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Create a To-Do List
  • Sync your to-do list with your mobile phone.
  • Write down the three most important tasks.
  • Keep to an easy and workable task list.
  • Do one thing at a time.

Simplify

Organizing unnecessary items is wasting energy. 

  • Have less stuff.
  • Eliminate outdated articles to read “someday." 
  • Find an appropriate place for everything and make sure it is easily accessible. 
  • Choose one tool and stick with it.
  • Pack tools immediately after use.
Embrace Change

It eliminates methods and ideas that no longer work and promotes the more important things. 

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The Perfect Day

Life is always more out of our control than we would prefer it to be. Even with the most meticulous planning, the perfect day only shows up now and then.

If we were to have a perfect day ever...

The Quest for Uniformity

Similar to the desire for the perfect day, an ideal life can mean enforcing a rigid uniformity that does more harm than good.

Chasing utopian dreams never takes us exactly where we want to go, because ideas change, people change, and new technologies develop.

Chasing A Perfect Paradise

Dictators from history had an ideal world in mind that would last. But their dreams were never realized, and instead left catastrophic destruction behind.

We are unable to plan a perfect life without also fully understanding the complexity of life. Things we think we want now might be different from what we want in the near future.

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Clean up your workspaces

End the workday by taking a minute to tidy your desk, save everything you’re working on, and close of all your tabs and windows. Make sure your work app notifications are automatically snoozed outs...

Review your "to-done’s"

Boost your mood and motivation by taking the time to review your completed tasks at the end of each day.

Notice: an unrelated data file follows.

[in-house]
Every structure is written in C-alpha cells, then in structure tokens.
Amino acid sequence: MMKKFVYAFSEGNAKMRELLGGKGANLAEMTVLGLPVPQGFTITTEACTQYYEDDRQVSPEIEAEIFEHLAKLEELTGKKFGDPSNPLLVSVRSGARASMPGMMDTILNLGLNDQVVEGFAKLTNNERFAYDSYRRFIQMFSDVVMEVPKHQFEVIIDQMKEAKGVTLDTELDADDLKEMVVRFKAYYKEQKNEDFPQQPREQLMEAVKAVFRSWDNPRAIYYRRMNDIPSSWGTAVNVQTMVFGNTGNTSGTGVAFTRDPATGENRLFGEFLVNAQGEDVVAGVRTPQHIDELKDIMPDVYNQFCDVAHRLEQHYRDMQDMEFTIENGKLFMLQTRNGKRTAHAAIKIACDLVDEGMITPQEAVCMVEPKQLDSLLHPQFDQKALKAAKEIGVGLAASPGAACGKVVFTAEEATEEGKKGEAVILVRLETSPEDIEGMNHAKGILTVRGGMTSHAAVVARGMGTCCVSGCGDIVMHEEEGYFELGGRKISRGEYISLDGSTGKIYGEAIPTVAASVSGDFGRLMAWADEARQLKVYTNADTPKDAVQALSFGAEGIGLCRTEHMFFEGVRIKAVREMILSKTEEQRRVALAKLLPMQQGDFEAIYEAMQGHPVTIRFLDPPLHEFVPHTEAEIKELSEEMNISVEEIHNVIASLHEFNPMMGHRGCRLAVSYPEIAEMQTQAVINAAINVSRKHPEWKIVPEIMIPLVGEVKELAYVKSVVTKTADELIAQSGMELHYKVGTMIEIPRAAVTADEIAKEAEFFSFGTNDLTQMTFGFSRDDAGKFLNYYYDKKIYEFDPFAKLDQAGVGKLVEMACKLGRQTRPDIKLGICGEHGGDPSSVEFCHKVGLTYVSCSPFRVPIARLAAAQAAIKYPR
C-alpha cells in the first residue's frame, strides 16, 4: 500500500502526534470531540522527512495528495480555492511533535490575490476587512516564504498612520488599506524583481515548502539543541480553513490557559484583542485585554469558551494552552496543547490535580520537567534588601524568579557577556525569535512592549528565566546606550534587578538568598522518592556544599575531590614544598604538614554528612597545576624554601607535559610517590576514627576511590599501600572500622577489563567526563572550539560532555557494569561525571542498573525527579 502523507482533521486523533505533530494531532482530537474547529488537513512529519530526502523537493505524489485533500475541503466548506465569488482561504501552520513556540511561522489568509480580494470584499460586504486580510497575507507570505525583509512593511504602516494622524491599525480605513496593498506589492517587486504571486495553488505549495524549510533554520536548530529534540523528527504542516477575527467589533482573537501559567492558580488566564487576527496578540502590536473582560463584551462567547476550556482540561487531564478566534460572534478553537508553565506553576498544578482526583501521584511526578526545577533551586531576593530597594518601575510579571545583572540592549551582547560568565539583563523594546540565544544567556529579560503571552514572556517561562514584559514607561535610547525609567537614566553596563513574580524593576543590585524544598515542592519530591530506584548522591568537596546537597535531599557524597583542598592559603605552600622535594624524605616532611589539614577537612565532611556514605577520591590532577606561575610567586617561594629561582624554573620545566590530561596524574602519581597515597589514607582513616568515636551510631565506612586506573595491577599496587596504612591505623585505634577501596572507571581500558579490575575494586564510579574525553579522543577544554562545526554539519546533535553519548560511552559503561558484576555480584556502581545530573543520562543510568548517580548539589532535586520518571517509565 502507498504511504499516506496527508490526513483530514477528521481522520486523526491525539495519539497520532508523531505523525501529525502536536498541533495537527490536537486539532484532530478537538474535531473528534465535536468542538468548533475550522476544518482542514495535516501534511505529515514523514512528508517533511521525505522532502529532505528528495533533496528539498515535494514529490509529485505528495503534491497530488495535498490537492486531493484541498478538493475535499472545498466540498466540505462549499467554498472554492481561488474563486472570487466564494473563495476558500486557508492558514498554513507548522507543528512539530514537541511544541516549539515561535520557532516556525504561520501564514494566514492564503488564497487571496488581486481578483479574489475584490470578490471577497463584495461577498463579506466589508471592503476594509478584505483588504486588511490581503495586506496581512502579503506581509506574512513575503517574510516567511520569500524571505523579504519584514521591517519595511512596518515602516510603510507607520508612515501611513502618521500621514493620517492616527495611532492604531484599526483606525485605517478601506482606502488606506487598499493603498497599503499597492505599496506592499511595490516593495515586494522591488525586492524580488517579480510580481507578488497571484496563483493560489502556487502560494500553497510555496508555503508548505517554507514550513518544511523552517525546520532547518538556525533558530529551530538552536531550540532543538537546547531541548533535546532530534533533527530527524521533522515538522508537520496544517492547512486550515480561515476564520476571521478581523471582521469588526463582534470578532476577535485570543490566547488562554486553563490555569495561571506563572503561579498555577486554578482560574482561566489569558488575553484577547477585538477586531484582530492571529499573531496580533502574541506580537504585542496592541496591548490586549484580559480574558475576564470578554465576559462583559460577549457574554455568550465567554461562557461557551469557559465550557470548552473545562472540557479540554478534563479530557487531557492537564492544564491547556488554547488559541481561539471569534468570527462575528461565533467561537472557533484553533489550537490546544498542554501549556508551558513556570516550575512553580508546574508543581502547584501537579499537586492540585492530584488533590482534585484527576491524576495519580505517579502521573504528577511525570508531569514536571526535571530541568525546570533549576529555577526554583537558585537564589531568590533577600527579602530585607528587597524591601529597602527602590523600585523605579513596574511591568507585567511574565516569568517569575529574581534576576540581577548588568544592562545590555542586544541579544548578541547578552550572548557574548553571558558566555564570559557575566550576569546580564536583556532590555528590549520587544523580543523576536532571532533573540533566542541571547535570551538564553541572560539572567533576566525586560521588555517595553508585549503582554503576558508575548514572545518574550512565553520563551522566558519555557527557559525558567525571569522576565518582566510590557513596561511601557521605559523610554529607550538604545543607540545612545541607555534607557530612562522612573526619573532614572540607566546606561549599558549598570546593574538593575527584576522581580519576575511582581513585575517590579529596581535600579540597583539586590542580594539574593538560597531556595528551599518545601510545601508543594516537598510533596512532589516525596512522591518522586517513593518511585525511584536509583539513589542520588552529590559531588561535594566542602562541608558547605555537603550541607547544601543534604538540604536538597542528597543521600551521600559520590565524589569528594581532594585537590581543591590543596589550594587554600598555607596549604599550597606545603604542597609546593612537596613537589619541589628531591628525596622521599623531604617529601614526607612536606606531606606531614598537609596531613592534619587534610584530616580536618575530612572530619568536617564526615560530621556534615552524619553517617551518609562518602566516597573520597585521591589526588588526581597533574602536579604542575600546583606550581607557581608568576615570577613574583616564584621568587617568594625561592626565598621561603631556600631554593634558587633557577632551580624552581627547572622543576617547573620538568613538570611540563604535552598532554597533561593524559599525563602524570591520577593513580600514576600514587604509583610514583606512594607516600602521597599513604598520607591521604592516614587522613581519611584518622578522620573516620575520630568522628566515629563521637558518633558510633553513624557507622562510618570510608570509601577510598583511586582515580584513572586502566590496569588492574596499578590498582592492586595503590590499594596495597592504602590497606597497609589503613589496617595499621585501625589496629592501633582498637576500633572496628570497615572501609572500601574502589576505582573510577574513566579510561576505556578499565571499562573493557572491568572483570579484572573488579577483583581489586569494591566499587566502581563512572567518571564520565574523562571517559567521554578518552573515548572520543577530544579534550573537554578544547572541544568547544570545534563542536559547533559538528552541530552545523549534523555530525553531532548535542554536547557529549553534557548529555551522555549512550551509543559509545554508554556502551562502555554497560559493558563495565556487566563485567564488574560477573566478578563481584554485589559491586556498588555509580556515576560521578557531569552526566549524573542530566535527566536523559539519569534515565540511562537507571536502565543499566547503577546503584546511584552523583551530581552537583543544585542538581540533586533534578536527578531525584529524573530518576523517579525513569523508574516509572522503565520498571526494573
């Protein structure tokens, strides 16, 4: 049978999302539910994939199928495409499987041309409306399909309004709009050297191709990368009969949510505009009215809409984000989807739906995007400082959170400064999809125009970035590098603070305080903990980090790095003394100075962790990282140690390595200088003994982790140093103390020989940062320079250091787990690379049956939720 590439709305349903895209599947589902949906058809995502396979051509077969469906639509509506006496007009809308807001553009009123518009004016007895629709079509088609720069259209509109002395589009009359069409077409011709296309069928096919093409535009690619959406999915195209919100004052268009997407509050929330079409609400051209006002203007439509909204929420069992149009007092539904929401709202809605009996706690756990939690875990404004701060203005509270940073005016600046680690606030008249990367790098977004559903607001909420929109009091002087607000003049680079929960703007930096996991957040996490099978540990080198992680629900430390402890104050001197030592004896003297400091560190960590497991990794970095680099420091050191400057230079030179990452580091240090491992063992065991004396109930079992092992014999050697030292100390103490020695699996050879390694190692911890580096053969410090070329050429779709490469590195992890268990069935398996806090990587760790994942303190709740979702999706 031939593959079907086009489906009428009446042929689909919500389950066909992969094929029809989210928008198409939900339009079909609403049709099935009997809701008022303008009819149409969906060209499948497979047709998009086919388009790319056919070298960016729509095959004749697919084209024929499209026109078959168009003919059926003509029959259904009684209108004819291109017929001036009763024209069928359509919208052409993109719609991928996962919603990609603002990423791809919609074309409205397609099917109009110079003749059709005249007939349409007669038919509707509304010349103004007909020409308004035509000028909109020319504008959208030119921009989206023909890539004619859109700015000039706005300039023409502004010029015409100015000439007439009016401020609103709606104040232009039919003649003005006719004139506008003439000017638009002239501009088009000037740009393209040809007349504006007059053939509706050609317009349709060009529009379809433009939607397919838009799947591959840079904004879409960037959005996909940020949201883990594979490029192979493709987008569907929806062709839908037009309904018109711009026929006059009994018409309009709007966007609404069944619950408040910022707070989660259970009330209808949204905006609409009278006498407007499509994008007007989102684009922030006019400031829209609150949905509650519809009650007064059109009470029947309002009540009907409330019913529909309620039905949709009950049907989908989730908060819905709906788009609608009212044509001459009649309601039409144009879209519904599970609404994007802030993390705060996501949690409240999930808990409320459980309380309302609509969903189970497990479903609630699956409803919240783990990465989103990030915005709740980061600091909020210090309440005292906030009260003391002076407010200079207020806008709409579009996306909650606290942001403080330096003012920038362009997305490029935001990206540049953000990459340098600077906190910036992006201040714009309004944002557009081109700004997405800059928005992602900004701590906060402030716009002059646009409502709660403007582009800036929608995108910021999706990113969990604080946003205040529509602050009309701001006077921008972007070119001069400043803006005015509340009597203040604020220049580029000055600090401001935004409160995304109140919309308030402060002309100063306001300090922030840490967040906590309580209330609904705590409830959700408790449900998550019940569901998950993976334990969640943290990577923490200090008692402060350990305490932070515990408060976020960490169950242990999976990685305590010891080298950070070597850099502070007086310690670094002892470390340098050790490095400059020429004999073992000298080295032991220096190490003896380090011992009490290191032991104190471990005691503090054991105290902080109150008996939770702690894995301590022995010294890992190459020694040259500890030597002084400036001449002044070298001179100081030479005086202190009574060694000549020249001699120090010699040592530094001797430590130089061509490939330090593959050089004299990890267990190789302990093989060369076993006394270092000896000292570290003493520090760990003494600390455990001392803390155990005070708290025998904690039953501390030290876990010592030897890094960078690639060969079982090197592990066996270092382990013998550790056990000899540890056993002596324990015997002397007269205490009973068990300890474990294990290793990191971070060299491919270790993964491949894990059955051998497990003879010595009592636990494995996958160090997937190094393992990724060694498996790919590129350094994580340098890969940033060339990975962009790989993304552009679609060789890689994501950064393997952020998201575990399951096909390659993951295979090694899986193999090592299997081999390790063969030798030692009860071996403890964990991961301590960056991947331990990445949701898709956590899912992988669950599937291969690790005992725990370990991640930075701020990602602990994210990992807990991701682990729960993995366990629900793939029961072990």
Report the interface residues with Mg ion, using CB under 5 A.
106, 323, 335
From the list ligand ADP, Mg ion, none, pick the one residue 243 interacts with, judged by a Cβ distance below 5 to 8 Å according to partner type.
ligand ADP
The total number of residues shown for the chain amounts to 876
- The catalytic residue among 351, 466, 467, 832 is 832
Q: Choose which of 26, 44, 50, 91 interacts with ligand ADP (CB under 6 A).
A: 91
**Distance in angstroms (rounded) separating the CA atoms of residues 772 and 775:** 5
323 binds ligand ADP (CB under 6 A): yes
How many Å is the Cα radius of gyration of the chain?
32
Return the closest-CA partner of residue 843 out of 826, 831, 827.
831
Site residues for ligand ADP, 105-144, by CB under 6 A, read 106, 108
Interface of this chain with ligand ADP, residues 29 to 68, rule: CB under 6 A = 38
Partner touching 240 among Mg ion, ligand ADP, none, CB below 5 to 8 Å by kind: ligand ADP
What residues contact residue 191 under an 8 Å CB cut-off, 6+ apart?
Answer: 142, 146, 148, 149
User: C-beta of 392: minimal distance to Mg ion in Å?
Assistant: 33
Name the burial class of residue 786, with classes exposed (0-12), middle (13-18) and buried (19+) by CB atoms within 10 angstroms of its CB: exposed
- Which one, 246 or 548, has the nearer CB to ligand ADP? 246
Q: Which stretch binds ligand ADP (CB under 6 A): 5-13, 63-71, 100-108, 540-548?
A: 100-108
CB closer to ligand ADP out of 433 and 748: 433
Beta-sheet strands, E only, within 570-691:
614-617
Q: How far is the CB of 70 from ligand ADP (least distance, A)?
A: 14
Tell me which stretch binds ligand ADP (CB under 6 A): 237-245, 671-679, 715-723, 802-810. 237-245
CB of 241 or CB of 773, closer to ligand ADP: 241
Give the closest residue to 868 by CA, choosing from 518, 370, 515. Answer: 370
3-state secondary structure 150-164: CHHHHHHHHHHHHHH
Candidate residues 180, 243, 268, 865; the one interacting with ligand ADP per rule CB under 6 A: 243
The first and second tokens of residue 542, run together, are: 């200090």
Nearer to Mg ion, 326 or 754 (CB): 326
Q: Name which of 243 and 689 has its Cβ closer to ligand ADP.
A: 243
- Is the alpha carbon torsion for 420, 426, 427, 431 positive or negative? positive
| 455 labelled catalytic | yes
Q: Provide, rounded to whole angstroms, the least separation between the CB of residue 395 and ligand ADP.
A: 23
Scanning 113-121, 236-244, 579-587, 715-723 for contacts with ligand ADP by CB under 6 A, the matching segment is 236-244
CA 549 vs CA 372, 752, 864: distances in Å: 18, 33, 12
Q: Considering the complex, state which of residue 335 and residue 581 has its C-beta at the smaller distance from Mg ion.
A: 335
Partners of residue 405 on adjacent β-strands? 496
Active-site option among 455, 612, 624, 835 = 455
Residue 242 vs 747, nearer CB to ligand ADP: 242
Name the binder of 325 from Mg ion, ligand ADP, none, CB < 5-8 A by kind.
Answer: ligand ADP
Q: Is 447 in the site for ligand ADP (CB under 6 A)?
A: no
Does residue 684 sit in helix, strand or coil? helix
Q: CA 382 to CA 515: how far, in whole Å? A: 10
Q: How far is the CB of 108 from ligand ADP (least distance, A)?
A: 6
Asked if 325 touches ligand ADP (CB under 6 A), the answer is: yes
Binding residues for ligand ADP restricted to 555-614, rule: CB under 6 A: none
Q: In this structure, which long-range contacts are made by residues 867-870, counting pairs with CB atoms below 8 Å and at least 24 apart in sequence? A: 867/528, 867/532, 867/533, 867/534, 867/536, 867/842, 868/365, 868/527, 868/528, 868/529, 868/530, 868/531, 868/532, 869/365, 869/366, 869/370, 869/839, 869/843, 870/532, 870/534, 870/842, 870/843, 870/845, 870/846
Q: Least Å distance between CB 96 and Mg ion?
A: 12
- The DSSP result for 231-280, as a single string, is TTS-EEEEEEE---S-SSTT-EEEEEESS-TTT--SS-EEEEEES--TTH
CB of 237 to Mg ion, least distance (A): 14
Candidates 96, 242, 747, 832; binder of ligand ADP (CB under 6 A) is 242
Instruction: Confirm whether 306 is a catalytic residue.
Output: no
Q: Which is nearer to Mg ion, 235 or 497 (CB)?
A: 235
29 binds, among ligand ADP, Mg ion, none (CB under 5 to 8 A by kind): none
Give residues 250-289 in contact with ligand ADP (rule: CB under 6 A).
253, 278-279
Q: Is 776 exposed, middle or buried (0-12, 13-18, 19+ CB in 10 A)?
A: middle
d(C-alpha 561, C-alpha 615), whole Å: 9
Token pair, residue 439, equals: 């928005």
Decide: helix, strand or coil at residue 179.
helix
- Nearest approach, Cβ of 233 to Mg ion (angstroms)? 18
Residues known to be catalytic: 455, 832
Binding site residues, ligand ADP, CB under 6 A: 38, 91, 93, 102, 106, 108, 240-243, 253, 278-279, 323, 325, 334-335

One of the easiest and most effective ways to stay motivated and build momentum at work is to celebrate your progress.

The procrastination “doom loop”

Confront the things you’ve been putting off. If you keep putting things off, you'll feel guilty and that makes you want to avoid them even more. You will get stuck in the “doom loop” of anxiety and avoidance.
Break this loop by identifying the tasks that you’ve been avoiding, break them down into smaller tasks and schedule the next step for the following day.

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Digital minimalism
Digital minimalism

It means using technology with more intention and purpose.

It's a “philosophy of technology use” rooted in reclaiming control and intention back from the devices and platforms that hav...

Techno-maximalism

It promtes the basic idea that technological innovations can bring value and convenience into your life.

It just looks at the positives. And it's view is more is better than less, because more things that bring you benefits means more total benefits. 

Putting FOMO into perspective

If you want to maximize the amount of value you feel in your life, you want to put as much of your time and effort as possible into the small number of things to give you huge rewards. 

When you think about it that way, fear of missing out looks like, just mathematically speaking, a really bad strategy.

Tips For Efficient Email Management
  • Unsubscribe from or filter away the stuff you never read.
  • Disable email push notifications on your phone.
  • Check emails twice ...
Quote the sender's email in chunks
  • Only use enough quotations to establish the context.
  • Your reply should come below it.
  • When possible, cut and reformat the quoted text.
  • Get tasks out of your email and into a task manager.
Determine What The Sender Needs From You Asap

Ask yourself:

  • What’s the meaning and the value of the message?
  • What action does this message require of me?

3 more ideas